It's hard to think of a chef that's had a bigger impact on the new restaurant culture than David Chang.
Chang took traditional ramen noodles to the next level when he opened Momofuku Noodle Bar in New York in 2004, has established an unconventional dessert empire with Momofuku Milk Bar and created New York's hardest-to-get reservations with the 12-seat, two Michelin star Momofuku Ko, earning a couple James Beard Awards in the process. He's also written one of the world's most challenging cookbooks and published Lucky Peach magazine, which immediately became a foodie obsession.
Chang took traditional ramen noodles to the next level when he opened Momofuku Noodle Bar in New York in 2004.
Now Chang might be bringing the Momofuku magic to Texas. Or just toying with us. On Sunday, Chang tweeted that "@momofuku is looking to sign a three year lease in Houston, Texas." Cue the excited frenzy?
Not so fast.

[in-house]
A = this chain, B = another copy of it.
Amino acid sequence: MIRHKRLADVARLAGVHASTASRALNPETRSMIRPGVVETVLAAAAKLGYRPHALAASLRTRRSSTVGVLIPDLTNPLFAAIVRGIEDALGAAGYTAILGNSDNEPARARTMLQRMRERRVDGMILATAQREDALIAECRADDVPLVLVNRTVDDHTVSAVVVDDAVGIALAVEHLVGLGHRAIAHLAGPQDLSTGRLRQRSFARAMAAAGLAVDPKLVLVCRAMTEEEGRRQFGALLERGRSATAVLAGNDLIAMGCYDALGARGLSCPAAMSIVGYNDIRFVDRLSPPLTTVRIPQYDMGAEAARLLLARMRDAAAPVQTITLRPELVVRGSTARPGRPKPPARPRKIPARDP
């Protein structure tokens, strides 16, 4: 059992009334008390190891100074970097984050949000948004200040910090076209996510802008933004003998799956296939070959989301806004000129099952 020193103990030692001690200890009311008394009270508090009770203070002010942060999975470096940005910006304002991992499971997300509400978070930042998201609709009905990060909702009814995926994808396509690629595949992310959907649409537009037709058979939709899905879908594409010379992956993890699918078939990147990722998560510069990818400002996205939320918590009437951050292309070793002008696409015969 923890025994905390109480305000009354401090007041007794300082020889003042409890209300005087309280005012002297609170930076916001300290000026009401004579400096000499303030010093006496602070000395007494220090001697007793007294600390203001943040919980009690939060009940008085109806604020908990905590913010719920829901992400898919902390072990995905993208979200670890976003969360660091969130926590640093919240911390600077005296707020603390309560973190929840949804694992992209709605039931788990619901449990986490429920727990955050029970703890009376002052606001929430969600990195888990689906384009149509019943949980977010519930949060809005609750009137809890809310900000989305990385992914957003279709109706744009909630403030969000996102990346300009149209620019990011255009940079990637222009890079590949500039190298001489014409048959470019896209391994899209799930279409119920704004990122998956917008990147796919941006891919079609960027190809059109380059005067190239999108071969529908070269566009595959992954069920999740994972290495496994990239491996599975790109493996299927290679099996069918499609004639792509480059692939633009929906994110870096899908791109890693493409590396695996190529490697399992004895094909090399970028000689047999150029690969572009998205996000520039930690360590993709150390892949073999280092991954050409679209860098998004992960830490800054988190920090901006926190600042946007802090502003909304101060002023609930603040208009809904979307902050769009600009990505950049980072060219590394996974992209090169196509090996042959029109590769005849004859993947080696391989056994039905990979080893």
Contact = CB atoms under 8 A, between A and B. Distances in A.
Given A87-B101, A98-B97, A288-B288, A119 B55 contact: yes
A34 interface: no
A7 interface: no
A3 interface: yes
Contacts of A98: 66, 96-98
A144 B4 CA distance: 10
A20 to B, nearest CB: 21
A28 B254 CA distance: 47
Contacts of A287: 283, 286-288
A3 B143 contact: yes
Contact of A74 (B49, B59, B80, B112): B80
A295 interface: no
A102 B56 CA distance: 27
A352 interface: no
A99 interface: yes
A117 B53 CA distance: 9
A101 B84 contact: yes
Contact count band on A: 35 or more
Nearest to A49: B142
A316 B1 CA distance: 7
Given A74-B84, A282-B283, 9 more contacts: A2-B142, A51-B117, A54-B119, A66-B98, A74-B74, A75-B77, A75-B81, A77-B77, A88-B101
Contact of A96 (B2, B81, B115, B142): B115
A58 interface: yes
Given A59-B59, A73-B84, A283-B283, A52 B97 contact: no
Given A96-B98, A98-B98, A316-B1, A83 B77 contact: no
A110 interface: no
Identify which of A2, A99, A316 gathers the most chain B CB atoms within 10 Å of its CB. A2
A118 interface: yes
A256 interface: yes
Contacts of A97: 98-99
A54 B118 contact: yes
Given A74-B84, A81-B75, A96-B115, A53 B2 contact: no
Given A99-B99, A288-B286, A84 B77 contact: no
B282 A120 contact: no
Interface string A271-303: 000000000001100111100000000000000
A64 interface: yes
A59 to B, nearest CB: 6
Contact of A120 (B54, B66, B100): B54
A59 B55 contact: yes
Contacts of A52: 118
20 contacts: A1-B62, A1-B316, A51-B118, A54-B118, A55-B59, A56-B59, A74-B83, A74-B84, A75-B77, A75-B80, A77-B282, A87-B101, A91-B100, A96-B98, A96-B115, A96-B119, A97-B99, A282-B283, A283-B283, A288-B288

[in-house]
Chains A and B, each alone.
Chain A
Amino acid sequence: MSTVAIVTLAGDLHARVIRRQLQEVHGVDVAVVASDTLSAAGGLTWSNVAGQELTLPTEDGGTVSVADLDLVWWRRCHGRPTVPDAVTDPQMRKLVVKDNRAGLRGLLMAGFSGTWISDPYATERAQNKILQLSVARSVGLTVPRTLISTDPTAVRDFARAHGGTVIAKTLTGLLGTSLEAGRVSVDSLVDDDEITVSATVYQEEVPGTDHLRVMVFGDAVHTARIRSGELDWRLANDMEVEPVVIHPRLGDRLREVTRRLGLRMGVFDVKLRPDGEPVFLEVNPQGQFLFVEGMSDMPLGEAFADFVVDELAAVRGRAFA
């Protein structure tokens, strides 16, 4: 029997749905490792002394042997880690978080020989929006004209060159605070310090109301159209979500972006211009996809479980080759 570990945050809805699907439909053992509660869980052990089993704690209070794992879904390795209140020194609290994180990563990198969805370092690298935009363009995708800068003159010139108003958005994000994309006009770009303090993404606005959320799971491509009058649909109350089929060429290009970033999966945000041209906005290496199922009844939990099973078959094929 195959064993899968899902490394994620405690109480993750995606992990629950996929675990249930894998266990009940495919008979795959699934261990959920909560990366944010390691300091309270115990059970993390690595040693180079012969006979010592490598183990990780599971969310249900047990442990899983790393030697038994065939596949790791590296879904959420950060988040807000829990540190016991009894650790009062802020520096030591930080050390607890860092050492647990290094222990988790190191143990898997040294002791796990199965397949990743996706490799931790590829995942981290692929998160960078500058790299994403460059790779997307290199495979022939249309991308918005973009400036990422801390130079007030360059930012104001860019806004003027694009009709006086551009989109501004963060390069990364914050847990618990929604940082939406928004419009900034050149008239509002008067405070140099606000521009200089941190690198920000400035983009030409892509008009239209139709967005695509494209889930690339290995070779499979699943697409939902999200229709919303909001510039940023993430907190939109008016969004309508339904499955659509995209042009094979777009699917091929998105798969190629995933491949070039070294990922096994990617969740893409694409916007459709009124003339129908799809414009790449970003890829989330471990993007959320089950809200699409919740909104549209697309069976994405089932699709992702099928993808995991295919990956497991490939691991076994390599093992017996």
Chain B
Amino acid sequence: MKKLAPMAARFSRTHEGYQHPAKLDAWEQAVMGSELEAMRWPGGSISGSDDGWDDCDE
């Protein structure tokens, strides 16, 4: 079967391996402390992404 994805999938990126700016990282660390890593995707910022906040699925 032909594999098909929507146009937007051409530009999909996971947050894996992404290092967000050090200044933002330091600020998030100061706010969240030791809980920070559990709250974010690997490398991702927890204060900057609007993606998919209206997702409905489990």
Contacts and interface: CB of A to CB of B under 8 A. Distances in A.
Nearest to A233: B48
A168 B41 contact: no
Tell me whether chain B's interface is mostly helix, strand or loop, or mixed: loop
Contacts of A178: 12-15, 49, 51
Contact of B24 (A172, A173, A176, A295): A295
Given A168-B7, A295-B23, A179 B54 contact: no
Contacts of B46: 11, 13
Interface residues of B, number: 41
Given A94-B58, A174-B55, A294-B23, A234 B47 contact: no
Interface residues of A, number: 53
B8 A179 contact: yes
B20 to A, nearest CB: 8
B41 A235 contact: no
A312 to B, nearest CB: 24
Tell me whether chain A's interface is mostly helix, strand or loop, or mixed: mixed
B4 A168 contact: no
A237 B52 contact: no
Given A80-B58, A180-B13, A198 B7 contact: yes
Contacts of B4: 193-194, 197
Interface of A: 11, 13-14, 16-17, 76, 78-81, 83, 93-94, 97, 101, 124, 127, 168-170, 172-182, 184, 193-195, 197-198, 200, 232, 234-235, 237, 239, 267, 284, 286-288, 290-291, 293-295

Chang — a fanatical backer of Jeremy Lin, who appears to be on the verge of ending up in Houston himself (for three years) — could just be having fun with everybody.
Chang doesn't have any U.S. restaurants outside of New York. He does have a restaurant in Sydney and a forthcoming Momofuku in Toronto.
If Chang was serious, I think Momofuku would be a natural fit for Midtown, where a history of Vietnamese culture meets modern food and drink haunts like Reef and Mongoose versus Cobra. Of course, the Lower Westheimer restaurant row always has room for one more, and there's always the chance for an unconventional location like Oxheart's on the fringes of the downtown warehouse district.
On the other hand, New York chefs don't have the best track record with Texas openings in recent years. Jean-Georges Vongerichten's Bank inside the Hotel Icon didn't last long, and Tom Colicchio just announced that Craft Dallas will close this summer after six years.